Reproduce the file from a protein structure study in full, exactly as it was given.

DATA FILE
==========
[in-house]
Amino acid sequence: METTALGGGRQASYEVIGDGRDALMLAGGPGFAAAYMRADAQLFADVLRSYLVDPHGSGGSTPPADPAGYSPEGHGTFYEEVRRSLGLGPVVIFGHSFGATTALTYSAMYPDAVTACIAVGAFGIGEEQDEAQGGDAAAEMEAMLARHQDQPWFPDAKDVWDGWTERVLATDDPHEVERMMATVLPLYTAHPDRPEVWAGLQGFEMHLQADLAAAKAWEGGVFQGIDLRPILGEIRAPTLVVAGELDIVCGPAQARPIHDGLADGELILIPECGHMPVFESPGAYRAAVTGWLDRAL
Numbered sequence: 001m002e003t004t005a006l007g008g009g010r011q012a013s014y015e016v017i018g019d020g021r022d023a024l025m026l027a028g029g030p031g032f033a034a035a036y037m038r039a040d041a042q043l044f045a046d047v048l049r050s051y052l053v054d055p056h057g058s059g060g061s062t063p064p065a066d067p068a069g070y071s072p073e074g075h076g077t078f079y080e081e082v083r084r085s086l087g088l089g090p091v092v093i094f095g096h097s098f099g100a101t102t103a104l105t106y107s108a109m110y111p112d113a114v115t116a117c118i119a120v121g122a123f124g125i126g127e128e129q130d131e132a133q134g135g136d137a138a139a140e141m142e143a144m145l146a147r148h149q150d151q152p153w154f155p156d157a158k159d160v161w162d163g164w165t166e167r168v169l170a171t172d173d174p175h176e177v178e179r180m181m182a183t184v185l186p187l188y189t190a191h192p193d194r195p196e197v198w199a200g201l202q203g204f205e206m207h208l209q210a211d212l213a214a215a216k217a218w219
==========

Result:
[in-house]
Amino acid sequence: METTALGGGRQASYEVIGDGRDALMLAGGPGFAAAYMRADAQLFADVLRSYLVDPHGSGGSTPPADPAGYSPEGHGTFYEEVRRSLGLGPVVIFGHSFGATTALTYSAMYPDAVTACIAVGAFGIGEEQDEAQGGDAAAEMEAMLARHQDQPWFPDAKDVWDGWTERVLATDDPHEVERMMATVLPLYTAHPDRPEVWAGLQGFEMHLQADLAAAKAWEGGVFQGIDLRPILGEIRAPTLVVAGELDIVCGPAQARPIHDGLADGELILIPECGHMPVFESPGAYRAAVTGWLDRAL
Numbered sequence: 001m002e003t004t005a006l007g008g009g010r011q012a013s014y015e016v017i018g019d020g021r022d023a024l025m026l027a028g029g030p031g032f033a034a035a036y037m038r039a040d041a042q043l044f045a046d047v048l049r050s051y052l053v054d055p056h057g058s059g060g061s062t063p064p065a066d067p068a069g070y071s072p073e074g075h076g077t078f079y080e081e082v083r084r085s086l087g088l089g090p091v092v093i094f095g096h097s098f099g100a101t102t103a104l105t106y107s108a109m110y111p112d113a114v115t116a117c118i119a120v121g122a123f124g125i126g127e128e129q130d131e132a133q134g135g136d137a138a139a140e141m142e143a144m145l146a147r148h149q150d151q152p153w154f155p156d157a158k159d160v161w162d163g164w165t166e167r168v169l170a171t172d173d174p175h176e177v178e179r180m181m182a183t184v185l186p187l188y189t190a191h192p193d194r195p196e197v198w199a200g201l202q203g204f205e206m207h208l209q210a211d212l213a214a215a216k217a218w219